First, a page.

To parents whose adult child wants nothing to do with them at Christmas

To parents whose adult child wants nothing to do with them at Christmas

Facing Christmas is painful knowing a child wants nothing to do with their parent(s). Tragically this is an epidemic in the Christian world today. I hear from many people who talk about this happening in their churches. I think that the fifth commandment has become somewhat obsolete to many who grew up in Christian homes. But my purpose is not to confront them with their unforgiveness but rather to offer encouragement to parents who are facing Christmas shunned by a child. Allow me to share with you a few ideas that could help.

  1. Do not allow it to ruin all your other Christmas festivities. Look, I know it's in the back of your mind at all times, but rather than allowing your pain to destroy your Christmas entirely, relish the opportunities you have to enjoy it with others. Do not let them ruin your Christmas.

  2. Stop talking about it. STOP TALKING ABOUT IT!!! OK, you are going to talk about it some, but do not talk about it constantly. The more you talk about it the more you cause the hurt to fester.

  3. Diligently pray for a forgiving heart. I recommend doing this over and over. “Lord help me to have a heart of forgiveness for my child. Don't let me be bitter. Help me not to be angry or judgmental towards them. Give me the forgiveness that I so desperately wish they would give to me.”

  4. Have faith that they will eventually return. It is in their hands not yours. No matter what their excuses it is their choice not yours and you must not lose hope that God will convict your child of dishonoring you. Christmas is about hope so shield yourself with hope during this season.

  5. Don't feel you failed. No matter what they say or how much they blame you, do not fall for Satan’s attempt to ruin your spirit. You are not alone. There are multitudes of people, all imperfect, whose child has chosen to judge them harshly and who are “punishing” their parents. If you failed in some way as a parent you are not a failure. If they cannot accept your failures then they have a problem. One day it will come back and haunt them.

  6. Don't be a martyr. Whatever you do don't spend your time griping and whining over your sorrow. There are others who are suffering just as you are. We live in a world of hurt and sorrow. Like the president of my college use to always say at the end of his radio broadcast, “Be good to everybody because everybody is having a tough time.” Don't isolate yourself as being the only one who is hurting.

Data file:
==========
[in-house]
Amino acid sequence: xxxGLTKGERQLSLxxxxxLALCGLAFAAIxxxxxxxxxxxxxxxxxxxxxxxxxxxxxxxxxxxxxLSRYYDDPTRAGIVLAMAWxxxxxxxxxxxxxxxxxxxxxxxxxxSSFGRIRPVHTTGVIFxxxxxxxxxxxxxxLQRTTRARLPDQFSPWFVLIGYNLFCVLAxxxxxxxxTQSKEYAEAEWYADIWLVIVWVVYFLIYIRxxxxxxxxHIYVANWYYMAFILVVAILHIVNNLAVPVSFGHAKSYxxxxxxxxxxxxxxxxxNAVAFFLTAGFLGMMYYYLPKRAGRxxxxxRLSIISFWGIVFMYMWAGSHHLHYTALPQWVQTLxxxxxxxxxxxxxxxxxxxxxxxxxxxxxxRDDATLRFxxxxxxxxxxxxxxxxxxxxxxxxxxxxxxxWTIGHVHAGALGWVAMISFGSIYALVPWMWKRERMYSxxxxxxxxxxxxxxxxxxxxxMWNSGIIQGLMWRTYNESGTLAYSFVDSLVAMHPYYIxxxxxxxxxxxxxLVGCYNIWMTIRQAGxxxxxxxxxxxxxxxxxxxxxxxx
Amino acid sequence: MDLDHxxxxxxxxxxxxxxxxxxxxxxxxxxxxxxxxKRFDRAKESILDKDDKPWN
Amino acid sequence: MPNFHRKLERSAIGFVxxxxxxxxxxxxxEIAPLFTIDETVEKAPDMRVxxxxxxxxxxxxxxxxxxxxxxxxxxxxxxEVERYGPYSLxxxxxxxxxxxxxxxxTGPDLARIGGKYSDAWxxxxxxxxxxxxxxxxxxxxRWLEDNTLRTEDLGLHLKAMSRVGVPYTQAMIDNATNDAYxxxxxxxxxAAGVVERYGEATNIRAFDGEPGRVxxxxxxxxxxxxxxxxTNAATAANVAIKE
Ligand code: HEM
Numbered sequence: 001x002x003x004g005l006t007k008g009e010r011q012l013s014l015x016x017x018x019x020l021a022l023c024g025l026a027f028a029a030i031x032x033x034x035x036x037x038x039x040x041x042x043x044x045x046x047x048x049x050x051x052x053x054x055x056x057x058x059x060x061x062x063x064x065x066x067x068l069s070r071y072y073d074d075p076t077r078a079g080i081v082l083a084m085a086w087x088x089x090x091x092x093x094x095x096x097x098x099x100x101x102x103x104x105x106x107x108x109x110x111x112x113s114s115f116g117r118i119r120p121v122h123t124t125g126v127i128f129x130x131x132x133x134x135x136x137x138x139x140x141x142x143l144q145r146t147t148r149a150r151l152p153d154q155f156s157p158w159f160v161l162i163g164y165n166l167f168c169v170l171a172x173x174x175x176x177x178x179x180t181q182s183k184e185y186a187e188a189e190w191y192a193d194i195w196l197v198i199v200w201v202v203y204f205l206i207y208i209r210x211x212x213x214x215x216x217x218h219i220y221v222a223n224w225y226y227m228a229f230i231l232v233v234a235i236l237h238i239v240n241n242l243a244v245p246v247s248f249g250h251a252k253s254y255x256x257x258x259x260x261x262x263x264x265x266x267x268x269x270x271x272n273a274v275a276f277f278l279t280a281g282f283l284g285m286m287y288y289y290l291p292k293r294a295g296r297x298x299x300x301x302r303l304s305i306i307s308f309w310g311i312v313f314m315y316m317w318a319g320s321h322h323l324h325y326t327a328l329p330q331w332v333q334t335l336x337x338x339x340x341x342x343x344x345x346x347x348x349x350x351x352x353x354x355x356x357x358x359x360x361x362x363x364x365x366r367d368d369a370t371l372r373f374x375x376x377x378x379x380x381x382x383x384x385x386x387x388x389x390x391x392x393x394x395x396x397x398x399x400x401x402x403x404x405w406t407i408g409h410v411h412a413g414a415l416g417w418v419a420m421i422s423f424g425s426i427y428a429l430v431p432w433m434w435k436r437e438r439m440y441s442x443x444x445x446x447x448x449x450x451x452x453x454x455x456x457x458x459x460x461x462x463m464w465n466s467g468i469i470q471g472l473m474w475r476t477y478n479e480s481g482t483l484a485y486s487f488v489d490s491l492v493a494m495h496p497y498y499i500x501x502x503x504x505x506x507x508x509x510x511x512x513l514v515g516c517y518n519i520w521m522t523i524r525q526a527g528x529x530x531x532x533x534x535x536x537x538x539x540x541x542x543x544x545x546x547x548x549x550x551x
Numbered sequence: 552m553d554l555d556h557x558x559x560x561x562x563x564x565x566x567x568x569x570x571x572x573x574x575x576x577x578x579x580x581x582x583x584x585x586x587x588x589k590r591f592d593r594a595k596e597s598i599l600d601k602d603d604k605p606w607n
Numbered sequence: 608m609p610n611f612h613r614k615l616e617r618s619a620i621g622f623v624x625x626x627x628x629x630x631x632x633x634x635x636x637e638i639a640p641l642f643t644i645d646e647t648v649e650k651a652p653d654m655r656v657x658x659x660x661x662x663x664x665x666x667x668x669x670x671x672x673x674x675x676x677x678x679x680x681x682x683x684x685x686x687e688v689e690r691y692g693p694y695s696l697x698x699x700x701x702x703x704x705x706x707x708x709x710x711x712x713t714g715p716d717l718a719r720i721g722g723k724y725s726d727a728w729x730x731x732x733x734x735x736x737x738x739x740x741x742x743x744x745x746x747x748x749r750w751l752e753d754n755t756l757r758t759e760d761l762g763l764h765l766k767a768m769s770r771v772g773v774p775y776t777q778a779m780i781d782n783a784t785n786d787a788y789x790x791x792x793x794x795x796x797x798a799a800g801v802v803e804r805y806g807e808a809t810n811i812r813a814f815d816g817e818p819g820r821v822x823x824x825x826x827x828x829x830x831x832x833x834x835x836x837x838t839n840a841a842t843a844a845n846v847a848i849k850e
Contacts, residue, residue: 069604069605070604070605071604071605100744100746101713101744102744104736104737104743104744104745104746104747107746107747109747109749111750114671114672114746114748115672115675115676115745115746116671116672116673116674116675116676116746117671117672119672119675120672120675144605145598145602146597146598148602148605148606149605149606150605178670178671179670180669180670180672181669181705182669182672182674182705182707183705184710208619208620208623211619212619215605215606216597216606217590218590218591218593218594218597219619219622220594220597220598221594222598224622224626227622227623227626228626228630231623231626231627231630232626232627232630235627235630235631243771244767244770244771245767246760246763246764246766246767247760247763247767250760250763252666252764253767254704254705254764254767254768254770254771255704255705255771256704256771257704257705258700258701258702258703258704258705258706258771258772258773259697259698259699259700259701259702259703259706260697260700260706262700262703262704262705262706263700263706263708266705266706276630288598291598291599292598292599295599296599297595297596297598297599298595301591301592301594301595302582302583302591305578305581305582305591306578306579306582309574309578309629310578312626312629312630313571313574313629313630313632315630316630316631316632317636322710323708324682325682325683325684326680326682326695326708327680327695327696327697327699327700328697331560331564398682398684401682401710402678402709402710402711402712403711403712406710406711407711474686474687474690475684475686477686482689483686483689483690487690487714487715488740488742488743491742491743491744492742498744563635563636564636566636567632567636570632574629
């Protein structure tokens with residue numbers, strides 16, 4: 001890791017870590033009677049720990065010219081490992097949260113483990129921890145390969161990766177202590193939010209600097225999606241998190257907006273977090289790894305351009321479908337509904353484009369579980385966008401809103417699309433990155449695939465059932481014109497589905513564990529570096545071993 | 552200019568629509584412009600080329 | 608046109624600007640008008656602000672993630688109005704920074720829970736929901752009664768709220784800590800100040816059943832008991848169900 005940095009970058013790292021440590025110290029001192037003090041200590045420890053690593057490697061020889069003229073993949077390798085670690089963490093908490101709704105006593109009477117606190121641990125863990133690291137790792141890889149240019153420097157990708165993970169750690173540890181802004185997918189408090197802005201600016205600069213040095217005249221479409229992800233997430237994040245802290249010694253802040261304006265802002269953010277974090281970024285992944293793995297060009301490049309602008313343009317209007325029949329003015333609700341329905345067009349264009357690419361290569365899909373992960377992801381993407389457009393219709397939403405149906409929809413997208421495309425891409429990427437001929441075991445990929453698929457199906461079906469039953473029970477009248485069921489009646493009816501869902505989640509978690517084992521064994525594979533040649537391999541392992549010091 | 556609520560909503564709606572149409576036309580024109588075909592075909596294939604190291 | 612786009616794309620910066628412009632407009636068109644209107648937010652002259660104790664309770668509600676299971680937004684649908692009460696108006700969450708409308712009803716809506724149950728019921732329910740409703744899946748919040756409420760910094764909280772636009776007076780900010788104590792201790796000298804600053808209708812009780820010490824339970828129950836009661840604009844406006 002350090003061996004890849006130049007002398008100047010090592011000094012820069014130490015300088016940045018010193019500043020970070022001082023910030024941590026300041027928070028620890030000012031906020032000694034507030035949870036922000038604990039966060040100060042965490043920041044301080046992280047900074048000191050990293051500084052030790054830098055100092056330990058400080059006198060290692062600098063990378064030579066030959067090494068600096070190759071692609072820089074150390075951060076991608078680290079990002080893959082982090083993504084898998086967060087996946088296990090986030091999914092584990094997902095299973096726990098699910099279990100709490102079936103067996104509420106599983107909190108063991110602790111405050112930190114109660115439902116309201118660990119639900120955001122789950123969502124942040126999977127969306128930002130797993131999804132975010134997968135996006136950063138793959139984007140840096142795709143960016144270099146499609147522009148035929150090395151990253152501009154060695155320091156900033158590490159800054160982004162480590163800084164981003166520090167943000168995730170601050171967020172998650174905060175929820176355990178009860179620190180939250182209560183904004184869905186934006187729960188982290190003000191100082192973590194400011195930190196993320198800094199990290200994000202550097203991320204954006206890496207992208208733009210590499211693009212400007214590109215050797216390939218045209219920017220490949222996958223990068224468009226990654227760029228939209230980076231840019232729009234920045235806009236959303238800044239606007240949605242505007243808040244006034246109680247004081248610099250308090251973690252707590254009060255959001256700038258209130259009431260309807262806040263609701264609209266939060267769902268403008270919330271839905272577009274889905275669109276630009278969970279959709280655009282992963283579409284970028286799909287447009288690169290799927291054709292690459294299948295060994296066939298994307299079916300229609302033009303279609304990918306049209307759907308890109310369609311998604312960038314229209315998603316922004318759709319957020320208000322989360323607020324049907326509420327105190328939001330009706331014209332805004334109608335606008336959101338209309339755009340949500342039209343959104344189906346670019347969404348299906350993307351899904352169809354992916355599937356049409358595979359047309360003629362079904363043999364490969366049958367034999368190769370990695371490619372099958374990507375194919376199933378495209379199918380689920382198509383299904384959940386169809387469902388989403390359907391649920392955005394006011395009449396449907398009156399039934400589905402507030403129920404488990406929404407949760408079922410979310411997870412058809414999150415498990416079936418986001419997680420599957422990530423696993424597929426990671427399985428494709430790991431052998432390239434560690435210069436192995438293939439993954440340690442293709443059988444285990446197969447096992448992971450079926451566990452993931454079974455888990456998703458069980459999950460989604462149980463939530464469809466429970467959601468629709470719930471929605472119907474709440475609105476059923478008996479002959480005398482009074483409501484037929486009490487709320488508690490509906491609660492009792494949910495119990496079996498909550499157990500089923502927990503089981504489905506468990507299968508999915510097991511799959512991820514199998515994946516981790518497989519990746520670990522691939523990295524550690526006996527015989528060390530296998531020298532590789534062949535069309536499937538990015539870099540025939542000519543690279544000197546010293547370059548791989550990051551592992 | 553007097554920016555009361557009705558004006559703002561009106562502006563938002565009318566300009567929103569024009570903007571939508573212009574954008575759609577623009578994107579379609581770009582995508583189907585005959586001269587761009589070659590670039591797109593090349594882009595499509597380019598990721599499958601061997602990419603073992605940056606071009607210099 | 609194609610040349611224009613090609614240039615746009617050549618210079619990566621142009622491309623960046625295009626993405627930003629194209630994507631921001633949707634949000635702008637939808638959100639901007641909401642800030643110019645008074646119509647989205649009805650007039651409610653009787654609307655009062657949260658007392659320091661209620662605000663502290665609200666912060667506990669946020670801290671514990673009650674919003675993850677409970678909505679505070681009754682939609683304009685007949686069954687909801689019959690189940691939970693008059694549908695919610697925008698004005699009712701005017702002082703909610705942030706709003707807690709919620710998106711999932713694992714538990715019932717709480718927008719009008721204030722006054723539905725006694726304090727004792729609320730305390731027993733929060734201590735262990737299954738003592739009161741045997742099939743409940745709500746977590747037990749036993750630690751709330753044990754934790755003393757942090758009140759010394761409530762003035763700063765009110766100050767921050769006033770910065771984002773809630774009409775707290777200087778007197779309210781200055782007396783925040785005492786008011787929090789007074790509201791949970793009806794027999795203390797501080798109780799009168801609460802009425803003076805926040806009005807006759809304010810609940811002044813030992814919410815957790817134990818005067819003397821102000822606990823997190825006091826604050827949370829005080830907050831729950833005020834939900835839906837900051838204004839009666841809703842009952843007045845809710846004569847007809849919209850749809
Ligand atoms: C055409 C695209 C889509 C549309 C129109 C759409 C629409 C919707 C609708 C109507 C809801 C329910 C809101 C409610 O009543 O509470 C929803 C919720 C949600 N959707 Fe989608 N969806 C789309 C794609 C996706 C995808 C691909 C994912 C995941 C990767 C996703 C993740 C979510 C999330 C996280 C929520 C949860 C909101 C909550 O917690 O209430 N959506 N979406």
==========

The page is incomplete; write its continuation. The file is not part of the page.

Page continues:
7. Let them go. This is going to be the hardest part, but there comes a time when you just have to mentally say to your child, “I'm letting you go.” That doesn't mean they can't come back. It means the ball is in their court and you not going to worry about it any longer. Don't beg them. Don't preach at them. Just leave them alone and let them live in their bitterness. Don't preach at them. Let the Holy Spirit work on them.

  8. Don't try to convince them that they are the ones who are wrong. Prodigals never know they are. In fact prodigals typically think they are not prodigals. Well you are certainly not the prodigal parent. You didn't leave home; they did. You didn't reject them; they rejected you. Don’t defend yourself. It won’t work.

To all parents who are facing this hurt may I simply say, keep the faith. No you were not a perfect parent. Yes, they have a reason for what they are doing, but the reason is no excuse for their behavior. You see you might have a reason for doing wrong but it's not a good excuse to mistreat your parents. Do your best to make this Christmas a joyful one by remembering what Christmas really is all about. It's about our Savior coming to redeem us to his Father, so rejoice and be glad this Christmas season.

 



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